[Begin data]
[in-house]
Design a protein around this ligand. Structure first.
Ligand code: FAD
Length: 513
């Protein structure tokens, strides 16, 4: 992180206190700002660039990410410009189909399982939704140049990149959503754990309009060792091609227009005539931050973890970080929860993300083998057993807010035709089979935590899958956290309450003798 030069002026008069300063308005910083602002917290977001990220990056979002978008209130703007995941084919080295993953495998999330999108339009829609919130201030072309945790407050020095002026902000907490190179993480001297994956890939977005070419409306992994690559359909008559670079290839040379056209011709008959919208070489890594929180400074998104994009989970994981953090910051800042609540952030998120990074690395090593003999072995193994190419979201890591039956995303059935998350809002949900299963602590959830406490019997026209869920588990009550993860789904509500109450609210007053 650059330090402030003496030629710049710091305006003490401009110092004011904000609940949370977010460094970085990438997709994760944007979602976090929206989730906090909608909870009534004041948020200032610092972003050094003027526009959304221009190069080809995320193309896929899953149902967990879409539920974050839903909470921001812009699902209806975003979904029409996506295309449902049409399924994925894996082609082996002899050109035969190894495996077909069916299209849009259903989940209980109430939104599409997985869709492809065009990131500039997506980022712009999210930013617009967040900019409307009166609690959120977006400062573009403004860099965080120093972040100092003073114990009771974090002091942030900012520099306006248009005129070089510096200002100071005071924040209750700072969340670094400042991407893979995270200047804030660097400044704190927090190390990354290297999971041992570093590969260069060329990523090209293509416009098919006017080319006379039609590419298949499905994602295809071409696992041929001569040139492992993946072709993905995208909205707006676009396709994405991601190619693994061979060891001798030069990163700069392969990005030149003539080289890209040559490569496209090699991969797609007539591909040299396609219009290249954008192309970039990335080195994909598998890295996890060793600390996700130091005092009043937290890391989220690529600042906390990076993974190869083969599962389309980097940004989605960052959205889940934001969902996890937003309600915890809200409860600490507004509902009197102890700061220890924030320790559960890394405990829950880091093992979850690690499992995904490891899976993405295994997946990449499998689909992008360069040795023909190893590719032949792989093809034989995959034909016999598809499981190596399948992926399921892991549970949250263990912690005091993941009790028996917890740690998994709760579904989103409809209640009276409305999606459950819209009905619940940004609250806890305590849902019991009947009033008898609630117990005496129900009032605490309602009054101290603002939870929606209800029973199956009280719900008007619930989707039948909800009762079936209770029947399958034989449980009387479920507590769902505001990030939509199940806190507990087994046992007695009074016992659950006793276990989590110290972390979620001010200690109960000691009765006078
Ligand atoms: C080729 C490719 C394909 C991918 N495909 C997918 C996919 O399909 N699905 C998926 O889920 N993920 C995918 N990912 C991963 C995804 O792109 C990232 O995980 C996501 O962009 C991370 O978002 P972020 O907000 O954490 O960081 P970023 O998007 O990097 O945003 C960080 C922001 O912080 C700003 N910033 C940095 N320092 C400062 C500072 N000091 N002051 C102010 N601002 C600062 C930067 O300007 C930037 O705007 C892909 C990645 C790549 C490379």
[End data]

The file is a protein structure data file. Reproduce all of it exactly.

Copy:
[in-house]
Design a protein around this ligand. Structure first.
Ligand code: FAD
Length: 513
């Protein structure tokens, strides 16, 4: 992180206190700002660039990410410009189909399982939704140049990149959503754990309009060792091609227009005539931050973890970080929860993300083998057993807010035709089979935590899958956290309450003798 030069002026008069300063308005910083602002917290977001990220990056979002978008209130703007995941084919080295993953495998999330999108339009829609919130201030072309945790407050020095002026902000907490190179993480001297994956890939977005070419409306992994690559359909008559670079290839040379056209011709008959919208070489890594929180400074998104994009989970994981953090910051800042609540952030998120990074690395090593003999072995193994190419979201890591039956995303059935998350809002949900299963602590959830406490019997026209869920588990009550993860789904509500109450609210007053 650059330090402030003496030629710049710091305006003490401009110092004011904000609940949370977010460094970085990438997709994760944007979602976090929206989730906090909608909870009534004041948020200032610092972003050094003027526009959304221009190069080809995320193309896929899953149902967990879409539920974050839903909470921001812009699902209806975003979904029409996506295309449902049409399924994925894996082609082996002899050109035969190894495996077909069916299209849009259903989940209980109430939104599409997985869709492809065009990131500039997506980022712009999210930013617009967040900019409307009166609690959120977006400062573009403004860099965080120093972040100092003073114990009771974090002091942030900012520099306006248009005129070089510096200002100071005071924040209750700072969340670094400042991407893979995270200047804030660097400044704190927090190390990354290297999971041992570093590969260069060329990523090209293509416009098919006017080319006379039609590419298949499905994602295809071409696992041929001569040139492992993946072709993905995208909205707006676009396709994405991601190619693994061979060891001798030069990163700069392969990005030149003539080289890209040559490569496209090699991969797609007539591909040299396609219009290249954008192309970039990335080195994909598998890295996890060793600390996700130091005092009043937290890391989220690529600042906390990076993974190869083969599962389309980097940004989605960052959205889940934001969902996890937003309600915890809200409860600490507004509902009197102890700061220890924030320790559960890394405990829950880091093992979850690690499992995904490891899976993405295994997946990449499998689909992008360069040795023909190893590719032949792989093809034989995959034909016999598809499981190596399948992926399921892991549970949250263990912690005091993941009790028996917890740690998994709760579904989103409809209640009276409305999606459950819209009905619940940004609250806890305590849902019991009947009033008898609630117990005496129900009032605490309602009054101290603002939870929606209800029973199956009280719900008007619930989707039948909800009762079936209770029947399958034989449980009387479920507590769902505001990030939509199940806190507990087994046992007695009074016992659950006793276990989590110290972390979620001010200690109960000691009765006078
Ligand atoms: C080729 C490719 C394909 C991918 N495909 C997918 C996919 O399909 N699905 C998926 O889920 N993920 C995918 N990912 C991963 C995804 O792109 C990232 O995980 C996501 O962009 C991370 O978002 P972020 O907000 O954490 O960081 P970023 O998007 O990097 O945003 C960080 C922001 O912080 C700003 N910033 C940095 N320092 C400062 C500072 N000091 N002051 C102010 N601002 C600062 C930067 O300007 C930037 O705007 C892909 C990645 C790549 C490379």